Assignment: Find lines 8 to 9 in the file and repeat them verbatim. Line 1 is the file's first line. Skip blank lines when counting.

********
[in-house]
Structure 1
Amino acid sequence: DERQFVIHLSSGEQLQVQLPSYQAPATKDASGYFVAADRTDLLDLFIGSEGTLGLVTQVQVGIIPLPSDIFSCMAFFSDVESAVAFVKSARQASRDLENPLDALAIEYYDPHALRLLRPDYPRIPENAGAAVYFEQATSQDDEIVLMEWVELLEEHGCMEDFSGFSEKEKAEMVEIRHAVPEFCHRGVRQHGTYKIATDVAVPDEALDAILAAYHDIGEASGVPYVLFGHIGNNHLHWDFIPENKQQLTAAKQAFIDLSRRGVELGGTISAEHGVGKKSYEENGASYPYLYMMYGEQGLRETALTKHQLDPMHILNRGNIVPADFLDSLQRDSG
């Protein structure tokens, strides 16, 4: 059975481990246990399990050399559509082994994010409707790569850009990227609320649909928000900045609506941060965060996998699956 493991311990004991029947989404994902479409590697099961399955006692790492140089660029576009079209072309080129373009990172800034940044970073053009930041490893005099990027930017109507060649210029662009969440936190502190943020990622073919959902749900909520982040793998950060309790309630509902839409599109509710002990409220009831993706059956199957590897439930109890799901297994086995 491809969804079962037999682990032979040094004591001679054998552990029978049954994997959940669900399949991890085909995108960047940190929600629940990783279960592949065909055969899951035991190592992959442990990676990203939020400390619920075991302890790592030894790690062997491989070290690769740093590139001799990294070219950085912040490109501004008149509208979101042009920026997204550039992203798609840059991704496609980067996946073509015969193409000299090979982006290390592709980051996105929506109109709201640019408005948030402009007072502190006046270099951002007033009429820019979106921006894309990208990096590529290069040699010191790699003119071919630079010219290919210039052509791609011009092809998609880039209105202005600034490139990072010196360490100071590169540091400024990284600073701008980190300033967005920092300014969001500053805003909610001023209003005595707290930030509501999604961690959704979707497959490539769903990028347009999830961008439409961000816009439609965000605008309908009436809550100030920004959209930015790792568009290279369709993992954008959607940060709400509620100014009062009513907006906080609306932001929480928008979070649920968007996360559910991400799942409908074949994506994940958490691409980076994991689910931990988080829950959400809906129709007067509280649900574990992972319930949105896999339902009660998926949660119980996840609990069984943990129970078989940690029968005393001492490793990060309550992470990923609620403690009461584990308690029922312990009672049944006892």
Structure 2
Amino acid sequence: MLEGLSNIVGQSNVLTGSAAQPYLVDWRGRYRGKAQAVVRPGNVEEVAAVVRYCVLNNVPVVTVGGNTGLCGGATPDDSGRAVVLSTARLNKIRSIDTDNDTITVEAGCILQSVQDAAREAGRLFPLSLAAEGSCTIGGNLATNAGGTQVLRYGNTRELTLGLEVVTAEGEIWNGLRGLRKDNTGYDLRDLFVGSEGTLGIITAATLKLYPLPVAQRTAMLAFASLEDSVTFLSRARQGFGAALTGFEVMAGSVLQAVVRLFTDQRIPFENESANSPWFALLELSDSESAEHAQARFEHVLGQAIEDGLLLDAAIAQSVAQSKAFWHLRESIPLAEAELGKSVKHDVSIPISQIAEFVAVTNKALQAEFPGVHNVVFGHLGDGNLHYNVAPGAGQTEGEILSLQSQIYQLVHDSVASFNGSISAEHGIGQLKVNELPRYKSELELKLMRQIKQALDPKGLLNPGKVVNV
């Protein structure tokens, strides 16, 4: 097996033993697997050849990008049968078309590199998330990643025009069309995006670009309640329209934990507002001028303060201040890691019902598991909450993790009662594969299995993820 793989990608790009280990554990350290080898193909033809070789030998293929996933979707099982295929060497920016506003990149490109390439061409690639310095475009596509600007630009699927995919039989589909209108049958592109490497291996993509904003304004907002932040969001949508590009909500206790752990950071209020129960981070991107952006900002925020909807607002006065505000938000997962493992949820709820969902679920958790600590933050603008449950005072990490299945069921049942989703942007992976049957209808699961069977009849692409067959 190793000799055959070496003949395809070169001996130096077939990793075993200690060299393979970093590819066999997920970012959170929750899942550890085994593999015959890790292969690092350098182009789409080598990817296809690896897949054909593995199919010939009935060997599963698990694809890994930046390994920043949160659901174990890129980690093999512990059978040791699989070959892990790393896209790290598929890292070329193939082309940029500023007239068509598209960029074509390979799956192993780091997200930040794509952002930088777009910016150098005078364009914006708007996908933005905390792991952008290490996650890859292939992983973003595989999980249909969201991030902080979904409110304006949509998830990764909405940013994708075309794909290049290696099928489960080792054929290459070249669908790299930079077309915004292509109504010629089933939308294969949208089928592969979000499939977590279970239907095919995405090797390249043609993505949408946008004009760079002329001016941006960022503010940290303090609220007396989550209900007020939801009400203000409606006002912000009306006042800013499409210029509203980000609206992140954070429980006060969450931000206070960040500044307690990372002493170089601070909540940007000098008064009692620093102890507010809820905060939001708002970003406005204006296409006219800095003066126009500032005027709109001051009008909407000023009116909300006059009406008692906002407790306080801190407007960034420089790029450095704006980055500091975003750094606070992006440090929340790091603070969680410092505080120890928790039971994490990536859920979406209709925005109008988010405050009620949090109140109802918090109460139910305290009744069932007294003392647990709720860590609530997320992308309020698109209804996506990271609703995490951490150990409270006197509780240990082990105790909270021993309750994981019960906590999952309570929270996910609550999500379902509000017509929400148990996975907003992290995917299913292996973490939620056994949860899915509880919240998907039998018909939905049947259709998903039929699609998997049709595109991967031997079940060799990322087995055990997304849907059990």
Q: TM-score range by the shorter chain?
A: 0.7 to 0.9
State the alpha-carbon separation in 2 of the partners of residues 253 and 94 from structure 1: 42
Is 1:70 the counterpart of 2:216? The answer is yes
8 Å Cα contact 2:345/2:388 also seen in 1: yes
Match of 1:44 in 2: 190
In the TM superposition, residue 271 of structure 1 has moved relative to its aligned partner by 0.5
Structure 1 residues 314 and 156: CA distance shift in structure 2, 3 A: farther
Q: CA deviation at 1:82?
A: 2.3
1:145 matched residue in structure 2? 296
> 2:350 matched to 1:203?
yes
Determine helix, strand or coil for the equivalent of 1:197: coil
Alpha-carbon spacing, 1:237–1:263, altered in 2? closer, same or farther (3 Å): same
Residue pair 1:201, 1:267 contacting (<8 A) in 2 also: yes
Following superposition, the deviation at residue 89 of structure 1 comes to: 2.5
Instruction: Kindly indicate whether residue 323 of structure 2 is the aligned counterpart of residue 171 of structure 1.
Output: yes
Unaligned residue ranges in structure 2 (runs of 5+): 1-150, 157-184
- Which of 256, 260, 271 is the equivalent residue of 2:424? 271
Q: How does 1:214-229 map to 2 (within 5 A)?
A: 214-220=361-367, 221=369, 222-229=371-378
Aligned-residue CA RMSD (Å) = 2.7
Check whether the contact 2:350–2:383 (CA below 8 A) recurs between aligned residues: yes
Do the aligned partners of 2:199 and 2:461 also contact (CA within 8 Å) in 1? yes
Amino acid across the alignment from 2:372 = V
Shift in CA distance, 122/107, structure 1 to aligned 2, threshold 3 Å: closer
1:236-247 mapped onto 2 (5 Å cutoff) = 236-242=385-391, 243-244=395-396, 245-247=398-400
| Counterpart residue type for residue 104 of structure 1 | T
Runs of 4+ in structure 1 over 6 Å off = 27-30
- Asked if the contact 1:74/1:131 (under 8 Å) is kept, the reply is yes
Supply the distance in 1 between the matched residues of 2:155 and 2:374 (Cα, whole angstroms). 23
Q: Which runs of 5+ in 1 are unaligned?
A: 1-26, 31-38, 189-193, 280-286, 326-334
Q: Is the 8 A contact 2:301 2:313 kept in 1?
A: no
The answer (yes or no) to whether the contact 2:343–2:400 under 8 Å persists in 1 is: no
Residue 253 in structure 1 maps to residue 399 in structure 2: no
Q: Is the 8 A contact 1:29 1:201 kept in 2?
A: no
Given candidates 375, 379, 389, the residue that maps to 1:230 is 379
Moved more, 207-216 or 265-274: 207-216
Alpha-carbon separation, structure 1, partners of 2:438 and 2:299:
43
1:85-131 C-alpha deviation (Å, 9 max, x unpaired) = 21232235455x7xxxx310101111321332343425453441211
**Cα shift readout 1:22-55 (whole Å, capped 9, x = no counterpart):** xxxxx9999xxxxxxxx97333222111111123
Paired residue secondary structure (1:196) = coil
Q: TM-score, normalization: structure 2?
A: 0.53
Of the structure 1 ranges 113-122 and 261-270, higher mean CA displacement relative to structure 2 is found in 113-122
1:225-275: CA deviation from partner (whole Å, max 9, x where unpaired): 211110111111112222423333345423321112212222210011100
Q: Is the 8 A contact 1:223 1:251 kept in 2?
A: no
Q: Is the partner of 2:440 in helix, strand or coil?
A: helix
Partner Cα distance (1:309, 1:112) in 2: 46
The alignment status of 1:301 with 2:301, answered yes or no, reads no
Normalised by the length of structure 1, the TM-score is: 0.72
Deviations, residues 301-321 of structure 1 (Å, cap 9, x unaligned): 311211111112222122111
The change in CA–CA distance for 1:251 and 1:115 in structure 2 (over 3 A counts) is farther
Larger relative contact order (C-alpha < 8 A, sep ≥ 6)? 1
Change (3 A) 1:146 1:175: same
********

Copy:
Q: TM-score range by the shorter chain?
A: 0.7 to 0.9